In the coalition agreement presented on Wednesday by the VVD, D66, CDA and CU, there is one rule about it. But that is immediately good for a lot of fuss. Because it means that we will soon be able to drink alcohol in thousands of extra places.
“We allow mixing formulas by regulating ‘blurring’ in shopping areas in a responsible way while strictly monitoring alcohol abuse,” the coalition agreement states.
This means that shops can also become a bit of a catering facility in addition to what they already sell. A beer at the nail salon, a glass of wine at the book launch, a wine tasting in the cheese shop and more of what has come to be called ‘blurring’.
In other words: combining catering with the retail function or with culture or services such as a hairdresser or beautician.
The VVD has been trying to make this possible for years. It can help to ensure that the operation of, for example, a shop in the city center remains attractive. After all, with the fierce competition from online shops, the middle class must do more with the ‘experience’. And lure people into the shopping street.
“Other store concepts are needed,” says Paul te Grotenhuis, spokesperson for INretail, a trade association for small business owners. “Which render better.” The point here is that there is more to experience in the shops, and the catering industry fits in with this, according to the trade association.
He does not expect to worry about alcohol abuse in a bookstore or at the hairdresser. “The shoppers are decent.”
Getting out of control
Director Wim van Dalen of the knowledge institute for alcohol policy STAP does not believe in that. “We seem to be nagging, but this is getting out of hand. Soon, free wine and beer will be served in the supermarket. To increase the atmosphere and to promote those products.”
The Central Food Bureau (CBL) does not rule out the possibility that supermarkets will do this. “But it’s not something we lobbied for.”
Van Dalen believes that blurring also goes directly against the government’s three-year-old prevention agreement to ensure that people are more aware of alcohol. “Each year 8300 people die as a result of improper alcohol use.”
In his view, people who do their shopping will soon be tempted too much and may find it difficult to control themselves. “And children are faced with consuming alcohol in many more places.” The CBL also says that blurring is not in line with the prevention agreement.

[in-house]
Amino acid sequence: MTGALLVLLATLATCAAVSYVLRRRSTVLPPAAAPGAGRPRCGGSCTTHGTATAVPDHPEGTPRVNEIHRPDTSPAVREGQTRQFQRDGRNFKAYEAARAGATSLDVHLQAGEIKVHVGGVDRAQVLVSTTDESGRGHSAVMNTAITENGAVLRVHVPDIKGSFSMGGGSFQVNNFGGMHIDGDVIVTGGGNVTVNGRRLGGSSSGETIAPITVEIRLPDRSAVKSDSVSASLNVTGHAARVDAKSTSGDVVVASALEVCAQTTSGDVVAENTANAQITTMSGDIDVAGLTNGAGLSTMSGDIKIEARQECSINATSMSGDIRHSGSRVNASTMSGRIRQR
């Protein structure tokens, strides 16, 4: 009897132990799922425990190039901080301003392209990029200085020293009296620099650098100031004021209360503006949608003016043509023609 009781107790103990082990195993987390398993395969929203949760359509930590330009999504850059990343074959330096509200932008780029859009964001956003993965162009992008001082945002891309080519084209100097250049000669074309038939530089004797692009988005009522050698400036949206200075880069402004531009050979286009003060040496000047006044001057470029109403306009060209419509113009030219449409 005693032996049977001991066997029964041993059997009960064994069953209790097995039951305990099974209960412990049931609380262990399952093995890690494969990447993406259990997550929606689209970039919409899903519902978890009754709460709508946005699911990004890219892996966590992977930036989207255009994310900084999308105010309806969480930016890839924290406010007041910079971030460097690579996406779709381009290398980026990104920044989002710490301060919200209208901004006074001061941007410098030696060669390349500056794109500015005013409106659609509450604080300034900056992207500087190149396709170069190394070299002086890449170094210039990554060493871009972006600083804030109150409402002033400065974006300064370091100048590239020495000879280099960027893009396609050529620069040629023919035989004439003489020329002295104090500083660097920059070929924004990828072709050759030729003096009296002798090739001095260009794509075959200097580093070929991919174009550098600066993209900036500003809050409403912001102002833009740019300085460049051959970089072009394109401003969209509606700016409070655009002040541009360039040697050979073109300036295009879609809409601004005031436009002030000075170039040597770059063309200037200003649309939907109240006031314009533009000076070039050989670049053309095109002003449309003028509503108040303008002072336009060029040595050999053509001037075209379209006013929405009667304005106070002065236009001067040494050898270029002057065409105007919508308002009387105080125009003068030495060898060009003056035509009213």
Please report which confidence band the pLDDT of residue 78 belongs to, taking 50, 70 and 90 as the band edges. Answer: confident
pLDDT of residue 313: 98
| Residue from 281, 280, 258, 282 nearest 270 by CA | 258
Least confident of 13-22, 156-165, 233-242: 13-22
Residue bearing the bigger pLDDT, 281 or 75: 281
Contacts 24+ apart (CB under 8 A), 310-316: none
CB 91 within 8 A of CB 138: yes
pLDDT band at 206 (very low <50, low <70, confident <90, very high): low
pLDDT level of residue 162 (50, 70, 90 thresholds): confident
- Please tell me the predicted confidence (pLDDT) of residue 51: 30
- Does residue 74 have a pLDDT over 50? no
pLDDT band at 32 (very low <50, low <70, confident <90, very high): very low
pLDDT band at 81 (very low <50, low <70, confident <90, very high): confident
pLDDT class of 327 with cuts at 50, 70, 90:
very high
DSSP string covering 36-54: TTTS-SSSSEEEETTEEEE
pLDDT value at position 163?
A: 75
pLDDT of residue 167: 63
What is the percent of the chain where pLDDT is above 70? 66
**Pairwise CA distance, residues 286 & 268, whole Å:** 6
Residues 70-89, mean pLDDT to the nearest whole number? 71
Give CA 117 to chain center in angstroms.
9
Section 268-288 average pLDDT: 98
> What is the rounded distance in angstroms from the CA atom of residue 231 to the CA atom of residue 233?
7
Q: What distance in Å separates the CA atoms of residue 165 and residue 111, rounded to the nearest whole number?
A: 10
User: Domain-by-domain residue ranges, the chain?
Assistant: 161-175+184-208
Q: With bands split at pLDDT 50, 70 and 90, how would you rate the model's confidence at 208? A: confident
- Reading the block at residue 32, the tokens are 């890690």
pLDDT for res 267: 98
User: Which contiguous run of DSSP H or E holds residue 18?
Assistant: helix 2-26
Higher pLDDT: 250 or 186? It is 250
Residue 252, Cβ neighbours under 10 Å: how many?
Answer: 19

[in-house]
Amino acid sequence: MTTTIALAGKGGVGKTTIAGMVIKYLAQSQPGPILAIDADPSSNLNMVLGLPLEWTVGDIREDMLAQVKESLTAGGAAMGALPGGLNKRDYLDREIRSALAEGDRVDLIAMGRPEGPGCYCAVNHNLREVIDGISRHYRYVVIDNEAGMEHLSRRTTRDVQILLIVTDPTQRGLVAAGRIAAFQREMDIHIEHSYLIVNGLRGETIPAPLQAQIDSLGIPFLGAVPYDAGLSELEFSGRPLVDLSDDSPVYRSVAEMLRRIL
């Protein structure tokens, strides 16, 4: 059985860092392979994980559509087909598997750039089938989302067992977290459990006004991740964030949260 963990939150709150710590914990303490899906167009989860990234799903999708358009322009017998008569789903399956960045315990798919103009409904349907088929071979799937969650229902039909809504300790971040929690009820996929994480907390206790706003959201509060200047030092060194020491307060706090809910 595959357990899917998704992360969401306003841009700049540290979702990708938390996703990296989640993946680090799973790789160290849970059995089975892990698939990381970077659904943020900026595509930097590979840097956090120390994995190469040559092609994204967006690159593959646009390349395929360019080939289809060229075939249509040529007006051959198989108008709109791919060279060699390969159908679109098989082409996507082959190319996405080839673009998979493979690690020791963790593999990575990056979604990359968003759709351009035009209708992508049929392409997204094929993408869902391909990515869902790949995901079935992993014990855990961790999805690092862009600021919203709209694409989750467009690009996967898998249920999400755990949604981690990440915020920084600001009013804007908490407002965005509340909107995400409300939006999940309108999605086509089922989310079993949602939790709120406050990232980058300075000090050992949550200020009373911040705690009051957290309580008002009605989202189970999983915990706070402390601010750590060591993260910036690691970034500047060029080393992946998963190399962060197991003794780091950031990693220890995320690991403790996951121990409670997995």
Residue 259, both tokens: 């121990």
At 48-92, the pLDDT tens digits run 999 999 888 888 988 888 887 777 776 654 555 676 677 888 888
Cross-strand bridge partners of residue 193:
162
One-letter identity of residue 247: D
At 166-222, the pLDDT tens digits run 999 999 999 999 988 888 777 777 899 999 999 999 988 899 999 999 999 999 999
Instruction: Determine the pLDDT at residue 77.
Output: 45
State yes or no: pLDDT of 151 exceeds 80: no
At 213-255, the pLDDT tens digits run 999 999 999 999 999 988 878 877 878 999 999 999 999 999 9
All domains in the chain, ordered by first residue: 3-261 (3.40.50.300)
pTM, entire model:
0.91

According to director Hans van Tellingen of retail research agency Strabo, offering the middle class a drink is a powerful instrument to ensure more turnover.
“Blurring means people stay in the store longer. And longer in the store means they spend more.”
Trying to keep customers in the business for a long time is, according to him, the best weapon against the competition from online stores. “A long receipt is the strength of the physical store. Mainly because of this, they still make more profit than web stores.”
Wine while fitting
According to Van Tellingen, coffee is now fully accepted in bookshops. “The bookstore has also become a café. Don’t forbid that glass of wine there either.” He also does not think that many shops will also sell alcohol.
“It works especially if it is offered. Think of a furniture store where you often spend a long time and make a large purchase. Or in a fashion store where your partner gets a drink when you are trying on suits. That’s fine, right?”
The retail service organization Euretco also sees it that way. Euretco has 1500 independent entrepreneurs with 2200 stores, including the chains of DIY store Hubo, bookstore Libris, Intersport and home furnishings stores. When selling kitchens, for example, they are more than happy to serve a drink.
“There is often cooking in the shops, demonstrations are given, now you can also offer a drink with it,” says the spokesperson.
The organization even sees an opportunity for sports shops. “It would be nice to create a winter sports/aprés ski atmosphere with a drink.” But whether it will happen remains to be seen.
“The standards and values of the brands and franchisors (Intersport, Runners World) also play a role here. They often do not see sport and alcohol as a match.”
This is less of a problem at bookshops. Now a lecture or book presentation with accompanying drinks is often only held after closing time or in a closed part of the store because it must be a private event to serve alcohol. “It would now offer opportunities to do that during opening hours.”